11. Sheri permalink
    April 11, 2017 12:53 pm

    The trolls are out in force at Breitbart in the comments section. The true believers will not be swayed by facts, logic or anything else.

  12. Athelstan permalink
    April 11, 2017 1:07 pm

    Cyclone Debbie recently passed through, a good time to take a few aerial shots of the great reef – methinks.

    How many times?

    After that, there really is nothing to see but the coral is pretty robust and can deal with it, it’s not effin water temperature variation it’s effin natural silting FFS.

    But you can’t argue with generation snowflake, once they’ve made up their tiny minds.

    • John F. Hultquist permalink
      April 11, 2017 1:51 pm

      “You can always tell a Snowflake, but you can’t tell ’em much.”

      • Athelstan permalink
        April 11, 2017 4:28 pm

        Sadly, so very true – seemingly you can’t tell ’em [snowflakes] anything.

        Good Lord! whatever happened to the pursuit and joy of gaining knowledge, discovery and wondering at the dynamics of the UNIVERSE. Experimentation……. and proving it – and YES even if you prove yourself wrong, testing yourself and the rivalry of competition, smashing down the walls of ‘consensus’ opinion – isn’t that what science is all about?!

  13. April 11, 2017 2:17 pm

    Nice to know I am not the only rational being left on earth. As an ecologist I like being funded for work but I do hope I have never lied or made up a potential disaster just to get a grant. How do we stop this environmental madness and concentrate on the real problems, overpopulation, political wars, over-consumption ,starvation and disease. Nice to hear sanity still exists. All best wishes.Terry Langford.

    • HotScot permalink
      April 11, 2017 7:34 pm


      whilst I agree with most of what you say, I don’t believe this continuing rhetoric that the planet is, or will, be over populated.

      It is widely recognised amongst agriculturists that feeding 9Bn peole wont be a problem with advancing technology. Now that we have increased atmospheric CO2 to help, it’s even less of a problem. A NASA analysis of their own satellite data over the past 30 years demonstrated the planet has greened by 14%, 70% of that down to increased CO2 alone.

      The problem is that poverty in developing nations is increasing because of the lack of reliable energy sources. That puts pressure on their agriculture which doesn’t have the same level of technological advantage as in the west because they don’t have the energy to irrigate, sanitise water or power sewage treatment plants.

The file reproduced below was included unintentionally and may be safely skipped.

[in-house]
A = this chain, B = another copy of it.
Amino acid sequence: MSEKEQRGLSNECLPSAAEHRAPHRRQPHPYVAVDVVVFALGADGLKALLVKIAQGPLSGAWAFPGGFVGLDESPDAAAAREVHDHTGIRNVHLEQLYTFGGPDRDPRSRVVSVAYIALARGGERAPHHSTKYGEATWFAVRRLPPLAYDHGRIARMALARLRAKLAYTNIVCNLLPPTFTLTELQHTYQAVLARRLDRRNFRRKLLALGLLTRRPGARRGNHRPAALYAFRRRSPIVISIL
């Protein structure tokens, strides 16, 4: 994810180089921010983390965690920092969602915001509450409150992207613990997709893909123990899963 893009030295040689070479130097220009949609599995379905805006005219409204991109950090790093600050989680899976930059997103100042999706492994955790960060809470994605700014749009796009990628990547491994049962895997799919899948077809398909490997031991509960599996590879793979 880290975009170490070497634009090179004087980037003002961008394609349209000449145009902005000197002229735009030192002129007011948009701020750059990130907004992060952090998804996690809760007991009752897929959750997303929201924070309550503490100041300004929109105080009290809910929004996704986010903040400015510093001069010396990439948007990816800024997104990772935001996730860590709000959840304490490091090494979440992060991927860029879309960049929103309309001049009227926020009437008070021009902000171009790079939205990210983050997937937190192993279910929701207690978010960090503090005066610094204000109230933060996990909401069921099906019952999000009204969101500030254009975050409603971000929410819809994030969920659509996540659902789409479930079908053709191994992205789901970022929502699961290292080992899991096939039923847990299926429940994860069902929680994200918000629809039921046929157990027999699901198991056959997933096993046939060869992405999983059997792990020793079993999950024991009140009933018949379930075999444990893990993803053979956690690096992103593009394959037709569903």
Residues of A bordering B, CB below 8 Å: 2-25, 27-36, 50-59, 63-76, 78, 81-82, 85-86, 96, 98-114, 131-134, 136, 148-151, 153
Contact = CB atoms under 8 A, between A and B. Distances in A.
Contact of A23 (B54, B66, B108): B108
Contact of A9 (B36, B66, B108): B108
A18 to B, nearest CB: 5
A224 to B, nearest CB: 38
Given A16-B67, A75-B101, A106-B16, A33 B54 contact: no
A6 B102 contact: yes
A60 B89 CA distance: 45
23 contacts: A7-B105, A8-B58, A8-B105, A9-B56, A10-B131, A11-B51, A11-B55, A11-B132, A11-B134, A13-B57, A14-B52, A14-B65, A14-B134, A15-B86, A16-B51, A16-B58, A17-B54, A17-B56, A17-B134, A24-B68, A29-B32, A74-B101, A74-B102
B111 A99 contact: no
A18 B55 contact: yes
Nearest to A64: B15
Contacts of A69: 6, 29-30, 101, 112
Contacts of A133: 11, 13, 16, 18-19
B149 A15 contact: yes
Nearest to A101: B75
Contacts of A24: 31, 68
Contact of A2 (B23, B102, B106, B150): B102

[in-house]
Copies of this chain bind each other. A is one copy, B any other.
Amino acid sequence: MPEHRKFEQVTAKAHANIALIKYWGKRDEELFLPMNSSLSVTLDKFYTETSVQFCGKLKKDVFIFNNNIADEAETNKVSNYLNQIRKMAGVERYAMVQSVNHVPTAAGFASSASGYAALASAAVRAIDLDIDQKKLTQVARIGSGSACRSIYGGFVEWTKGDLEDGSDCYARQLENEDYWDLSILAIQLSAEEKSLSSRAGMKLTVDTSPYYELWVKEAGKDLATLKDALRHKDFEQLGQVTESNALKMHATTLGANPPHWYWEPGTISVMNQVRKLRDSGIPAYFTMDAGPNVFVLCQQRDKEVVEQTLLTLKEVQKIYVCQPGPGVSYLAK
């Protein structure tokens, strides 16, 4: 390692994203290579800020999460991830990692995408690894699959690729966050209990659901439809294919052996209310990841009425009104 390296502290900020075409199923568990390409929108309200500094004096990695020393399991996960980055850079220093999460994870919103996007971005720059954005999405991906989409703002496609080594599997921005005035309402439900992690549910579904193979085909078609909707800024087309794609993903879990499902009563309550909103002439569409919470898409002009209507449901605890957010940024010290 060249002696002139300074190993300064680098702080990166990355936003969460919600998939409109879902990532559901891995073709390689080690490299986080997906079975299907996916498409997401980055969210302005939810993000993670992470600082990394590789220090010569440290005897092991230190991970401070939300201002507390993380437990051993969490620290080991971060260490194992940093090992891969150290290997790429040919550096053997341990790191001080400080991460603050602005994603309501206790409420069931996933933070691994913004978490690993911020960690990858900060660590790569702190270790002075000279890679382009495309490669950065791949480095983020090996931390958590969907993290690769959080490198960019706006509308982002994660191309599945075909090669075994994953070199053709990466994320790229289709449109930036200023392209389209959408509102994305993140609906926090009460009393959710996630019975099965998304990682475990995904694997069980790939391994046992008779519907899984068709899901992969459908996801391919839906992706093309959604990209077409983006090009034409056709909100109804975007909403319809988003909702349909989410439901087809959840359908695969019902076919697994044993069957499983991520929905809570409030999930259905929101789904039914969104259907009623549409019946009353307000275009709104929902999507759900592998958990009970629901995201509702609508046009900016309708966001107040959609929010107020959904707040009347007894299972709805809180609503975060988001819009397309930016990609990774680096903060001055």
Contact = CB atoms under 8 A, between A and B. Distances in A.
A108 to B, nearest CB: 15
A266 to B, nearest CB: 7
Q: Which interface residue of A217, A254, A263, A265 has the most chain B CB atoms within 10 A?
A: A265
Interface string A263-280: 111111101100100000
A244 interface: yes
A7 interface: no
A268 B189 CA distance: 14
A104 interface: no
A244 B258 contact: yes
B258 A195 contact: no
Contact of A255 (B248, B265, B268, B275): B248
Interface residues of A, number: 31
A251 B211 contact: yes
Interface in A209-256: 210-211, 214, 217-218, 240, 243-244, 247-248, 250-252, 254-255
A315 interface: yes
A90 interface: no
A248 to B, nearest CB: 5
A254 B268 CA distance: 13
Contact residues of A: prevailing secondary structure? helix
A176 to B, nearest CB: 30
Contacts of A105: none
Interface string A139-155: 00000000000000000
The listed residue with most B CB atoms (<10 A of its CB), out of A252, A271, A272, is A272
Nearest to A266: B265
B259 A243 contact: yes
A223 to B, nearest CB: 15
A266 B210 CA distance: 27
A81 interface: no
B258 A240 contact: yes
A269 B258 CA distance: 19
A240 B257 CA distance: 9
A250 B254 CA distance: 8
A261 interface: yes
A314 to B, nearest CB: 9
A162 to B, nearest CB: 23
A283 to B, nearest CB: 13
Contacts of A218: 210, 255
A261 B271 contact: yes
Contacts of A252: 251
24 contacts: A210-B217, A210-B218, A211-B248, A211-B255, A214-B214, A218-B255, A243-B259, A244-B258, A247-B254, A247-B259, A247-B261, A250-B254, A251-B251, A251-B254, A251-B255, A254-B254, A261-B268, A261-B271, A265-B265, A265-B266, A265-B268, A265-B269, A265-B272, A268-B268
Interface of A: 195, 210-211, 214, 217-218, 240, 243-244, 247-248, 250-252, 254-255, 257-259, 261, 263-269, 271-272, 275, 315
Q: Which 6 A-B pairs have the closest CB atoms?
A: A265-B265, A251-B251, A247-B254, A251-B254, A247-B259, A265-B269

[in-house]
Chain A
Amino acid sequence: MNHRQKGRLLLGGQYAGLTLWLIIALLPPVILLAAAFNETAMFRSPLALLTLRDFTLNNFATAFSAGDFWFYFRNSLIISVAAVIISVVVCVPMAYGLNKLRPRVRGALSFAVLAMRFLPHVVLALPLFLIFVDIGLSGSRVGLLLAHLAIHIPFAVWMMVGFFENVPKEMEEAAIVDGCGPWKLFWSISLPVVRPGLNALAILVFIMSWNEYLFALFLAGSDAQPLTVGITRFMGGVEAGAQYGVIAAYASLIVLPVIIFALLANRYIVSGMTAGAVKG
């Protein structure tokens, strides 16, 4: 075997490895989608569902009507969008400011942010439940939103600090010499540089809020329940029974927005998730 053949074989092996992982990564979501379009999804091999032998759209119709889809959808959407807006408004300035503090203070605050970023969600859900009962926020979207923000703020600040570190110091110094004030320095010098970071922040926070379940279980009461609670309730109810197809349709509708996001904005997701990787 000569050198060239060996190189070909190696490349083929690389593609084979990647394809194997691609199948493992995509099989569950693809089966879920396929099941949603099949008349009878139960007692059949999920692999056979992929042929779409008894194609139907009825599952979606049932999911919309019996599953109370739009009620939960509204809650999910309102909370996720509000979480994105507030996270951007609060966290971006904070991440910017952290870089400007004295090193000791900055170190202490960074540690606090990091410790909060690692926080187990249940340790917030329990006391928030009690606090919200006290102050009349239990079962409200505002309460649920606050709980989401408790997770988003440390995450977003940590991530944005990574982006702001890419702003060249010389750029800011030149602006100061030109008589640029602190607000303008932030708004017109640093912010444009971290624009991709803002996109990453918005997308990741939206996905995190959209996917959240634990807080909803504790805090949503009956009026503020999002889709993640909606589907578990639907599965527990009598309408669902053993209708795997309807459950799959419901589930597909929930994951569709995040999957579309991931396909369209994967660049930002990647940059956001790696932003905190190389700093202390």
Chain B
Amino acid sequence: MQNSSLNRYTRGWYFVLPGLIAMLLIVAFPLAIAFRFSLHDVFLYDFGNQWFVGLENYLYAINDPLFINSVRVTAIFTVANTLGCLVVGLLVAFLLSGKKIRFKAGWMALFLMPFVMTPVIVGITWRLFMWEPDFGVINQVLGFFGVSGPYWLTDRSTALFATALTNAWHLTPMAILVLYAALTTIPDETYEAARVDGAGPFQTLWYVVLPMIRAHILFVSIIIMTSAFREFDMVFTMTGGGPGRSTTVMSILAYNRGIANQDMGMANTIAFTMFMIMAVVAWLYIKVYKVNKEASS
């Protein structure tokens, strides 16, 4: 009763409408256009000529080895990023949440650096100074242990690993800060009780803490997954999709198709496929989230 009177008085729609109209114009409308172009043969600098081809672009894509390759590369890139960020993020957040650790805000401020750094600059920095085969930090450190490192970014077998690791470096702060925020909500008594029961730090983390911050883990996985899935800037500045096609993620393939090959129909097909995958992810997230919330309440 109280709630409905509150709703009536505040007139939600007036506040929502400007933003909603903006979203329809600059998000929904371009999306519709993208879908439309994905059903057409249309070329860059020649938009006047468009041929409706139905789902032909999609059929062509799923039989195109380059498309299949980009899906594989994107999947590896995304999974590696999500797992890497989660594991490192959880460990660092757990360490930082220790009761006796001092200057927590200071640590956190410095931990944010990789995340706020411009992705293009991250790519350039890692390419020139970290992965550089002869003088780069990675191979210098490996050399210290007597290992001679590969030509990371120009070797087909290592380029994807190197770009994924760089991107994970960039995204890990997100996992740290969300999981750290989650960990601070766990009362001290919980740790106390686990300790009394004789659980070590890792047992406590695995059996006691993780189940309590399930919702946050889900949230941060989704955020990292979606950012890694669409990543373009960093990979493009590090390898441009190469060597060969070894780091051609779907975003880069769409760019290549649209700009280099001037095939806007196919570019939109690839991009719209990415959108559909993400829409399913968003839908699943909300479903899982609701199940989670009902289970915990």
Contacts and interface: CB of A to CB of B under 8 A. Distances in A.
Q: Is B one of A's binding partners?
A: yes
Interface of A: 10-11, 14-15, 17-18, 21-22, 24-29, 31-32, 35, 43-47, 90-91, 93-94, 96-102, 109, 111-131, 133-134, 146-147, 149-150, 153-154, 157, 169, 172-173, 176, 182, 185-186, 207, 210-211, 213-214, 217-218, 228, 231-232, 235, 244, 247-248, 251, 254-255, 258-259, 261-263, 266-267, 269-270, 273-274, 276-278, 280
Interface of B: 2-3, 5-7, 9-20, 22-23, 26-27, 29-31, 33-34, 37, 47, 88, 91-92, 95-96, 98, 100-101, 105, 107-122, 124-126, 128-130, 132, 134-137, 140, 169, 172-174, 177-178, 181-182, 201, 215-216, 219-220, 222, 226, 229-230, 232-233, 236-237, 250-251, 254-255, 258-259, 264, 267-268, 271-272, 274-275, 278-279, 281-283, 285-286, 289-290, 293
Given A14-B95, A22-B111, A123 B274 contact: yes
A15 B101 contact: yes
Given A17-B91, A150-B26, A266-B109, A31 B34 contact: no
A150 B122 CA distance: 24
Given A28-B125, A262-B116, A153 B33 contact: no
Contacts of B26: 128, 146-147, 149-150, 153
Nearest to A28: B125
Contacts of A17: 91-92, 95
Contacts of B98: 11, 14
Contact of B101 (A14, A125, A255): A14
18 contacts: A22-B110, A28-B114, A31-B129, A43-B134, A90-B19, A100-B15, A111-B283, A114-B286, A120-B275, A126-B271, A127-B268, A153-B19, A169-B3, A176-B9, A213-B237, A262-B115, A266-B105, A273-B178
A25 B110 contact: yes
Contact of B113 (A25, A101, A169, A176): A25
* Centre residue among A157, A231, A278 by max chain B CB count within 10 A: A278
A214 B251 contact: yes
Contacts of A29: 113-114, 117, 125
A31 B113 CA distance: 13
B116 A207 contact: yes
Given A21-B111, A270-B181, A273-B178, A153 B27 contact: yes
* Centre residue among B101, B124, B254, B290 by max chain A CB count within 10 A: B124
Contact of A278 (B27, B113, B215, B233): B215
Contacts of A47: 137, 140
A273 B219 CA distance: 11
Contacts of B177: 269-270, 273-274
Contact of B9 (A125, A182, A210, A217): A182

Unregulated logging companies move into areas of forest to provide the local town/city/village with firewood, denude the areas, and farmers move in, to discover yet more soil that is exhausted of nutrients within 3 years. And the cycle repeats, leaving wastelands of bare soil to the elements.

      These, and a number of other contributing factors leads to a population increase, at a pragmatic level, parents need children to look after them in their old age. The child mortality rates are appalling, so they just keep having large families to ensure their old age provision.

      Simple answer; let these countries burn coal for energy, and help them introduce welfare provision for the elderly.

      Instead? We stop them burning anything but wood and dung, then feed their starving children subsistence rations.

      Talk about teaching a man to fish?

  14. Broadlands permalink
    April 11, 2017 5:28 pm

    Water temperature Great Barrier Reef in April 2017, 2016 year
    Current water temperature Great Barrier Reef

    The warmest sea in Great Barrier Reef in April is 84°F/29°C, and the coldest sea temperature in April is 79°F/26°C. Average water temperature in Great Barrier Reef in April is 82°F/28°C.

  15. AndyG55 permalink
    April 11, 2017 9:45 pm

    What would be interesting to investigate is the ocean currents.

    Slow or stationary current do not bring a continual supply of food.


    …. and totally OT.

    Southern Hemisphere has just had its quietest cyclone season on record.

    And not just a little bit low..

    LESS THAN HALF the previous minimum accumulated energy since 1970

  16. April 12, 2017 6:44 am

    If faux environmentalists truly believed their line on the demise of the GBR due to man made climate change, one might suppose that they would also pay attention to other great coral barriers across the world if only (a) in the interests of science generally and (b) more specifically to test their assertions against a wider backdrop.

    Is there the slightest indication that they have ever done so? Not that I have ever encountered.

  17. April 12, 2017 7:40 am

    Reblogged this on ajmarciniak.